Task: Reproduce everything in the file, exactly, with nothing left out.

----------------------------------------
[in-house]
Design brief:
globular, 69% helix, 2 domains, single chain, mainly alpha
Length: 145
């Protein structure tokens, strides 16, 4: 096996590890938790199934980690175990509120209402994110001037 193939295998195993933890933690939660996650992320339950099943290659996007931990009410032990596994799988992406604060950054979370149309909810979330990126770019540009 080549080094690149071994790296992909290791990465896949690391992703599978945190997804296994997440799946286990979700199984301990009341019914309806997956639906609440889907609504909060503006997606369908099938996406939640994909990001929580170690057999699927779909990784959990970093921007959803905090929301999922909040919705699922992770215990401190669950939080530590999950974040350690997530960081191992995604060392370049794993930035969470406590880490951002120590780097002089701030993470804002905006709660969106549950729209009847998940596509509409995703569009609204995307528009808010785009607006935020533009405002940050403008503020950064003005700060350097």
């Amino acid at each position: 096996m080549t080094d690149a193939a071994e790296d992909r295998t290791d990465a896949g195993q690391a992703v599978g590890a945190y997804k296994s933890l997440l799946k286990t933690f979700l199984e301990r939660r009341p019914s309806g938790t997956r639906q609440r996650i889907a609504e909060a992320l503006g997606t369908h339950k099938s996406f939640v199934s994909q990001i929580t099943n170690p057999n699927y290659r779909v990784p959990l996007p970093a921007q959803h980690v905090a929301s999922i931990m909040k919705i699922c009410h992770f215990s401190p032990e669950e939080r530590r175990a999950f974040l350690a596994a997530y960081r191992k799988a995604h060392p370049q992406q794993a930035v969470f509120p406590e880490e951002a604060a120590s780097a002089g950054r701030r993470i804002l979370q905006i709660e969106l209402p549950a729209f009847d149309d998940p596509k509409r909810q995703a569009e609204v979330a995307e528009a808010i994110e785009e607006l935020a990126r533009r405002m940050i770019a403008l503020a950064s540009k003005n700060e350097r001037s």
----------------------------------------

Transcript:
[in-house]
Design brief:
globular, 69% helix, 2 domains, single chain, mainly alpha
Length: 145
């Protein structure tokens, strides 16, 4: 096996590890938790199934980690175990509120209402994110001037 193939295998195993933890933690939660996650992320339950099943290659996007931990009410032990596994799988992406604060950054979370149309909810979330990126770019540009 080549080094690149071994790296992909290791990465896949690391992703599978945190997804296994997440799946286990979700199984301990009341019914309806997956639906609440889907609504909060503006997606369908099938996406939640994909990001929580170690057999699927779909990784959990970093921007959803905090929301999922909040919705699922992770215990401190669950939080530590999950974040350690997530960081191992995604060392370049794993930035969470406590880490951002120590780097002089701030993470804002905006709660969106549950729209009847998940596509509409995703569009609204995307528009808010785009607006935020533009405002940050403008503020950064003005700060350097």
């Amino acid at each position: 096996m080549t080094d690149a193939a071994e790296d992909r295998t290791d990465a896949g195993q690391a992703v599978g590890a945190y997804k296994s933890l997440l799946k286990t933690f979700l199984e301990r939660r009341p019914s309806g938790t997956r639906q609440r996650i889907a609504e909060a992320l503006g997606t369908h339950k099938s996406f939640v199934s994909q990001i929580t099943n170690p057999n699927y290659r779909v990784p959990l996007p970093a921007q959803h980690v905090a929301s999922i931990m909040k919705i699922c009410h992770f215990s401190p032990e669950e939080r530590r175990a999950f974040l350690a596994a997530y960081r191992k799988a995604h060392p370049q992406q794993a930035v969470f509120p406590e880490e951002a604060a120590s780097a002089g950054r701030r993470i804002l979370q905006i709660e969106l209402p549950a729209f009847d149309d998940p596509k509409r909810q995703a569009e609204v979330a995307e528009a808010i994110e785009e607006l935020a990126r533009r405002m940050i770019a403008l503020a950064s540009k003005n700060e350097r001037s």